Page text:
Princeton (9–7–1 overall, 2–4–1 Ivy League) overcame the Penn Quakers (3–6–7, 0–5–2 Ivy) 2–1 at Roberts Stadium in their final game of the season to end the seniors’ career on a high note.
Honoring the seniors and their families at Roberts Stadium right before kick-off, the Tigers couldn’t have had better conditions for a game against the Quakers, who hadn’t won a single Ivy League game all season.
The program honored six seniors: goalkeeper Ella Gantman, midfielder Marissa Hart, defender Gracyn Kuerner, defender Kamryn Loustau, midfielder/forward Grace Sherman, and defender Morgan Wiese, along with their families before the game.
“They are a wonderful group of women who ended their careers playing their best soccer and also worked tirelessly for the team,” Head Coach Sean Driscoll told The Daily Princetonian. “There is nothing more our staff could have asked of them and they will be dearly missed.”
The fixture got off to a thrilling start. Sherman capped off a fluid attack with a close effort in the first 30 seconds. Both Princeton and Penn pushed for the opening goal, setting the tone for a back and forth game.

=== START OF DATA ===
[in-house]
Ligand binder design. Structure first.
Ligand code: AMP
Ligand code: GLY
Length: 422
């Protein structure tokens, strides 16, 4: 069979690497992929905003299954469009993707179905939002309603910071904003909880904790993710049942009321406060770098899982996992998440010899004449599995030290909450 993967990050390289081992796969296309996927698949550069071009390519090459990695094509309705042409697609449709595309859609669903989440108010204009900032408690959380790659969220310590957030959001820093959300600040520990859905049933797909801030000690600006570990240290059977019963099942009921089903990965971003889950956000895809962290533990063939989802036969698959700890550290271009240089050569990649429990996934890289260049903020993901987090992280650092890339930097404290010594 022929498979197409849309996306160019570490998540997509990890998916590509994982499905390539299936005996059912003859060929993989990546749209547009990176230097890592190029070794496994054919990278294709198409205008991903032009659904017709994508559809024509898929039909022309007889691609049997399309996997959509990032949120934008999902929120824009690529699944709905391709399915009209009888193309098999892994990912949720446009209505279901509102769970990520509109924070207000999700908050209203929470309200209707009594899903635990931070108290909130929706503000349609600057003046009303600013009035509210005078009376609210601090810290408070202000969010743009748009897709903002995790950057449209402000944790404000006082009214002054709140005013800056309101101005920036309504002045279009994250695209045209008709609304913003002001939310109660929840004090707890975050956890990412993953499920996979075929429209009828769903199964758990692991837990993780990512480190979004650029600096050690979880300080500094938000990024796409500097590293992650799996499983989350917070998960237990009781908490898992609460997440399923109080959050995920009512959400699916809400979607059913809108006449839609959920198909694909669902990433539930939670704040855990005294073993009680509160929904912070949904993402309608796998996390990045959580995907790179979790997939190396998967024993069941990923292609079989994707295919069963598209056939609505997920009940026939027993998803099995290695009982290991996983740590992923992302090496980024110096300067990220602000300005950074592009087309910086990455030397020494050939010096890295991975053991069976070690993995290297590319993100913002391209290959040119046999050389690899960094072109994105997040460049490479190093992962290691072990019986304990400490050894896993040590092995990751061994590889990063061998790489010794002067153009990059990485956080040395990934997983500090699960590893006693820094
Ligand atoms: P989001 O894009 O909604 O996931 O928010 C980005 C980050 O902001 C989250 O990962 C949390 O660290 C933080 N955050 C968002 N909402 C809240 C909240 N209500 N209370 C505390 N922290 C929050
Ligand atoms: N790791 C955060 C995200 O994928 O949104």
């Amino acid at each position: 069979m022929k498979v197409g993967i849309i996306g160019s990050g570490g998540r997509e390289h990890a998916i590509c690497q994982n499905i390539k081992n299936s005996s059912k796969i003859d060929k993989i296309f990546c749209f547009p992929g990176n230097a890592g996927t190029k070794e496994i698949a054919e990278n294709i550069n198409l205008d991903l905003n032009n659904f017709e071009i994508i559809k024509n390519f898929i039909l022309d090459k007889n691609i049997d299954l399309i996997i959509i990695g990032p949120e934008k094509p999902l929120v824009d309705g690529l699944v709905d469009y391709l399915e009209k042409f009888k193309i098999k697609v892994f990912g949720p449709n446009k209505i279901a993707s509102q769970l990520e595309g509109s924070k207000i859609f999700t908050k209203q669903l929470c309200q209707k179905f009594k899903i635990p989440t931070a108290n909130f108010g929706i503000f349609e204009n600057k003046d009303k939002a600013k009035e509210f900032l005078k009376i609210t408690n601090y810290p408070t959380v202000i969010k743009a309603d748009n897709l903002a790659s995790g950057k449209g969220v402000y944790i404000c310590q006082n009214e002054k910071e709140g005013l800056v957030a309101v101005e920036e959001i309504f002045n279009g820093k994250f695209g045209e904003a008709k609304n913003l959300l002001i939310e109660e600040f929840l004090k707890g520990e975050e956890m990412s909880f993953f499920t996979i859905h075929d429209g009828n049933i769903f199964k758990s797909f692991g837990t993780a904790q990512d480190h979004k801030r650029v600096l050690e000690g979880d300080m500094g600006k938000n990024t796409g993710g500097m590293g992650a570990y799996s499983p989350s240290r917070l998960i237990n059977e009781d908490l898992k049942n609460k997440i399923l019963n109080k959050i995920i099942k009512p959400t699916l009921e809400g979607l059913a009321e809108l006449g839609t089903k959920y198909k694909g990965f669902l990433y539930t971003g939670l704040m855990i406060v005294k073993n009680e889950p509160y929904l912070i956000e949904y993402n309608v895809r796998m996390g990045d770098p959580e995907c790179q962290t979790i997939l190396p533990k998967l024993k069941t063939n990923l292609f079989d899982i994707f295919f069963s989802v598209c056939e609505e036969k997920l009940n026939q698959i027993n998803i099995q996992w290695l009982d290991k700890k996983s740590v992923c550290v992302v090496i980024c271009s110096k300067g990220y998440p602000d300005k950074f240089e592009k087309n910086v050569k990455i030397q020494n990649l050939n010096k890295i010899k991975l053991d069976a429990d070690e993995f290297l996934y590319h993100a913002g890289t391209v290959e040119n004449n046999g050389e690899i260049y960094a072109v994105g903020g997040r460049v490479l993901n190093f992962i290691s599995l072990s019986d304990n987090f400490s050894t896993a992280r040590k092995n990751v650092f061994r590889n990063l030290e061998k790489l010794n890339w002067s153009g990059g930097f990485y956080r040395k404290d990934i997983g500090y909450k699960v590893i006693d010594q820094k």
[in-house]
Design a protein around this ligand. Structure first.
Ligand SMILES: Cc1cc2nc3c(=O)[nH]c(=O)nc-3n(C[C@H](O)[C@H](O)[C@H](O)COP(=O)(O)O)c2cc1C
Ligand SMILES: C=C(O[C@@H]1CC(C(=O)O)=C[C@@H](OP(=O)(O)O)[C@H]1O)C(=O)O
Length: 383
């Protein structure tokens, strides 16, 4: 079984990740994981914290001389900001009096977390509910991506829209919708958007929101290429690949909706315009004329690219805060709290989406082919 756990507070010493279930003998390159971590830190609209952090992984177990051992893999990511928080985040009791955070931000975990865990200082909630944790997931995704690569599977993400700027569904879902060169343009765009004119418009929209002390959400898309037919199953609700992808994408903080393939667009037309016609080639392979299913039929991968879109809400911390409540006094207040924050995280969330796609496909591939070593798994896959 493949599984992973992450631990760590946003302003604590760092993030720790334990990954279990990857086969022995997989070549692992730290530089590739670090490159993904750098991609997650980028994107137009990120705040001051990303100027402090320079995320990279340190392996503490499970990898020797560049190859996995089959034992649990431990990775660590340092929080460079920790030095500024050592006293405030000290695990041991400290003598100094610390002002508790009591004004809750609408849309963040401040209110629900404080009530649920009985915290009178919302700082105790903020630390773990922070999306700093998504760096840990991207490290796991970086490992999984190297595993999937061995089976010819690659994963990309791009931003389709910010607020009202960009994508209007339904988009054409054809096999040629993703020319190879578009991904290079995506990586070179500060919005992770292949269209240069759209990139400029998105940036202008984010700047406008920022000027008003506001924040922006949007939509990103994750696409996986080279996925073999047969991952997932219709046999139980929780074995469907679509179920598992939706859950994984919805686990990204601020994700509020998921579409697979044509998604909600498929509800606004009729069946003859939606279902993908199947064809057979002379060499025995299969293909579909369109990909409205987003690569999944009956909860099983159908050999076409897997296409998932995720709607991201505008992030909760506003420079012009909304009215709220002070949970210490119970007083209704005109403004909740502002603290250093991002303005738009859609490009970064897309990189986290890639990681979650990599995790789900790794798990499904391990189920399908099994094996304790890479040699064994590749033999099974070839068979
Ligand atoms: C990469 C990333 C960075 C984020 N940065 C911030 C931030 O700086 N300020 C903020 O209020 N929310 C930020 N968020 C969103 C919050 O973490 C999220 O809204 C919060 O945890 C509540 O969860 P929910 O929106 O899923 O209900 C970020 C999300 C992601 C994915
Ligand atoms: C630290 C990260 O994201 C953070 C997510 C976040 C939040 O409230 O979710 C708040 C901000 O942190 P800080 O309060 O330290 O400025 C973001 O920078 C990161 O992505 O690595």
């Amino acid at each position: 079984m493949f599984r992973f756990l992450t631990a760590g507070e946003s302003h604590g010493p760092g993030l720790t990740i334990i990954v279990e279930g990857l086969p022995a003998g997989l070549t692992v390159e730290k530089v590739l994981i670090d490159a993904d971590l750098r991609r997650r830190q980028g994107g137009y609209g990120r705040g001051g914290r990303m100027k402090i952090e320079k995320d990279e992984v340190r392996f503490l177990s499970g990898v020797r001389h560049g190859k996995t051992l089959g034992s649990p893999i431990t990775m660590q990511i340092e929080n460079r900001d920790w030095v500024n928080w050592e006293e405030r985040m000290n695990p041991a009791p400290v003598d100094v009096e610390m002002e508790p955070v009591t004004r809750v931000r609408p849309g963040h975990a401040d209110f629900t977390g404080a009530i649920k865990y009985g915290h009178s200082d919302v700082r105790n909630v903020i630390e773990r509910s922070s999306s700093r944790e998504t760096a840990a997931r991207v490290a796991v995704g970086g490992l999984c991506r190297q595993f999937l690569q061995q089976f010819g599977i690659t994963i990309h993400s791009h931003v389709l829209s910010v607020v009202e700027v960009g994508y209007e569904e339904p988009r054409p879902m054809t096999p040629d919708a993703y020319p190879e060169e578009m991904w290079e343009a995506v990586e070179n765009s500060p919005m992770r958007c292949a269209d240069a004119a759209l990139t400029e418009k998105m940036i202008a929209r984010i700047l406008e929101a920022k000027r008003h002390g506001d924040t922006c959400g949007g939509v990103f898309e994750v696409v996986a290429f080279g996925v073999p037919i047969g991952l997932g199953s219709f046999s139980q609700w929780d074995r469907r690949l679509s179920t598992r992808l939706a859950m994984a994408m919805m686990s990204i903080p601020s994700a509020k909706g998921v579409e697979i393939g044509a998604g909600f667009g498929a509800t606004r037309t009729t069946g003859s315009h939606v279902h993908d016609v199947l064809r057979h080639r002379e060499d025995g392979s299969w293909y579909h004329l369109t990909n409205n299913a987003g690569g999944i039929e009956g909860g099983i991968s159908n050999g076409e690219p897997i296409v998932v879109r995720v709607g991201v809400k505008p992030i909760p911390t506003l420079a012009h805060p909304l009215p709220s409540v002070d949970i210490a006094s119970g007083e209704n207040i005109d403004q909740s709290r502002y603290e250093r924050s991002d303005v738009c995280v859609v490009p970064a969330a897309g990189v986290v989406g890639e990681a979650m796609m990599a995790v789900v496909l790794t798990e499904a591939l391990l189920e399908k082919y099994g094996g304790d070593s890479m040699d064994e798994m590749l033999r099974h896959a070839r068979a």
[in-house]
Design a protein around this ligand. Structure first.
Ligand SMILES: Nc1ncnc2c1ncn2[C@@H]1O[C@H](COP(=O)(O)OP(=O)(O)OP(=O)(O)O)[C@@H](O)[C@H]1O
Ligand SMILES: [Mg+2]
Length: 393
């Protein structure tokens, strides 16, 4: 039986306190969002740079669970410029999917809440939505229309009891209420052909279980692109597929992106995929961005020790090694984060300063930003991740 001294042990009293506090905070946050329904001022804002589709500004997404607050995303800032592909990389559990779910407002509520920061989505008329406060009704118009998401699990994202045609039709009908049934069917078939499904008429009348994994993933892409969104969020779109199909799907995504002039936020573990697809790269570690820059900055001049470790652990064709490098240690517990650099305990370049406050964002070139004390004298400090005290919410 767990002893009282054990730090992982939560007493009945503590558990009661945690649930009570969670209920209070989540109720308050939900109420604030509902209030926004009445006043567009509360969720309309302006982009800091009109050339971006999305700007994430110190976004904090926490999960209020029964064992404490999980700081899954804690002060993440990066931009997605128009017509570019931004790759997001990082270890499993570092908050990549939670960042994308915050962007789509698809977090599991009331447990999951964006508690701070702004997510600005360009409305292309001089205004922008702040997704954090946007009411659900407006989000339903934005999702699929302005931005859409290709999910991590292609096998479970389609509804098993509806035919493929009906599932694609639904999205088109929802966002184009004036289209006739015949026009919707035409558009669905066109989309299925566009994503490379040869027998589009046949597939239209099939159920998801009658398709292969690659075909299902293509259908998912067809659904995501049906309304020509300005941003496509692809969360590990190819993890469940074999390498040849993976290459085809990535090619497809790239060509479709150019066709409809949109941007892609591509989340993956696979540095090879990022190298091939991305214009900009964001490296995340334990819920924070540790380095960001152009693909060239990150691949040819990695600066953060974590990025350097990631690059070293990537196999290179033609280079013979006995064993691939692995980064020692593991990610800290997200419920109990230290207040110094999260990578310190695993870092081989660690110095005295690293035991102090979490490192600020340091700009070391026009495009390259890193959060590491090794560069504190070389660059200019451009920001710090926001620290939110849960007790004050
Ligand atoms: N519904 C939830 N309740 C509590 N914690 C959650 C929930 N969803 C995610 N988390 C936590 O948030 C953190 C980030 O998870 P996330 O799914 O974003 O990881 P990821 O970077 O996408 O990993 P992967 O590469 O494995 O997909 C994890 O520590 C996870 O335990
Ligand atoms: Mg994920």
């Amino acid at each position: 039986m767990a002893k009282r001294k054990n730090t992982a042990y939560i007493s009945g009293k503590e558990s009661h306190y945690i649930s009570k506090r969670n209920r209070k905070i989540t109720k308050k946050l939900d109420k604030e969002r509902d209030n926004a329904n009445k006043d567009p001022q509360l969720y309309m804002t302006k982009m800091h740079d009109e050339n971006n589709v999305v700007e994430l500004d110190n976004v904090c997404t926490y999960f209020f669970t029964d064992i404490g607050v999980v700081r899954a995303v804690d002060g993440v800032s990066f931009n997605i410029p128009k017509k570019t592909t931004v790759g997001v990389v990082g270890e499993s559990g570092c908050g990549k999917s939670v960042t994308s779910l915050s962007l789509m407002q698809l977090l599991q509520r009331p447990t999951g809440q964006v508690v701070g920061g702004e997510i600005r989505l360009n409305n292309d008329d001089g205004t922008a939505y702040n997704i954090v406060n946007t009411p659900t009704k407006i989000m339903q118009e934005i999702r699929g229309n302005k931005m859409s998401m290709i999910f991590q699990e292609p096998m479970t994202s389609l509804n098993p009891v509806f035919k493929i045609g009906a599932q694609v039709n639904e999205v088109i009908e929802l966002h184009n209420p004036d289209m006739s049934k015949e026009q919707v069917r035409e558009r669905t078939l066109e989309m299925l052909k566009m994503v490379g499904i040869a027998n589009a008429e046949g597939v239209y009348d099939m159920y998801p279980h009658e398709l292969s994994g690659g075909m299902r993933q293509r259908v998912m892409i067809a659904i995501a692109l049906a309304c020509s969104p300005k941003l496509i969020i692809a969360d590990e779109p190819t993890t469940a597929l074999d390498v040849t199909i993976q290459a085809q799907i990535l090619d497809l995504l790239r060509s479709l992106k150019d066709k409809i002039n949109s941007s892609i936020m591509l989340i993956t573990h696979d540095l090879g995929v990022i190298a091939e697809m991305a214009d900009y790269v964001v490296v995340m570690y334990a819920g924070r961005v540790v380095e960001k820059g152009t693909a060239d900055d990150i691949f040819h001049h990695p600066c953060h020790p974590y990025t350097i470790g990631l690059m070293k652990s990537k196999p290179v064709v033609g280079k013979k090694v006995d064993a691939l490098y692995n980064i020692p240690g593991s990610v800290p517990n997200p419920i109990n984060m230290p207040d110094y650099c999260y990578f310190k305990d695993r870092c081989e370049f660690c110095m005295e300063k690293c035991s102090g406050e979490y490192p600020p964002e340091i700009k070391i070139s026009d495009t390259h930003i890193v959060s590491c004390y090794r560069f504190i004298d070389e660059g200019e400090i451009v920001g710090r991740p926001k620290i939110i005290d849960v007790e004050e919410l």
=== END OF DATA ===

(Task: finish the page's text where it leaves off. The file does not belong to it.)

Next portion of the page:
Penn took the lead in the 34th minute with a quick counter-attack as Quaker forward Anuli Okafor put the ball into the back of the net from a cross. Despite not evening the score before the break, the Tigers quickly took charge in the second half.
Less than two minutes into the half, sophomore midfielder Lily Bryant skipped past two defenders in the box and unselfishly squared it to first-year forward Kelsee Wozniak. She cleverly played it to Sherman, who scored an emotional equalizer in her final game.
Princeton struck again five minutes later off a breakaway when first-year forward Pietra Tordin passed it to Wozniak, who slotted it into the bottom left corner to give the Tigers the lead. This electric counterattack goal involving these two stellar first-years gave a peek at the Tigers’ bright future.
With her eight goals this year, Tordin cemented herself as the first rookie to lead the team in scoring since Tyler Lussi ’17 in 2013. Given her massive impact on the team as a first-year, one can only wonder about the heights she’ll reach in the years to come.
Wozniak is definitely another first-year to look out for, as fans will never forget her impressive debut against Colgate (3–10–4, 3–4–2 Patriot), where she racked up a goal and two assists.
Despite the win, Driscoll recognizes that there is always room for improvement.
“We have to play with a little more of a chip on our shoulder,” Driscoll said. “We must continue to value the ball, impose ourselves between the 18s, and be more ruthless and clinical in front of goal.”
Daniel Asika is a staff writer for the sports section at the ‘Prince.’ Please direct all corrections requests to firstname.lastname@example.org.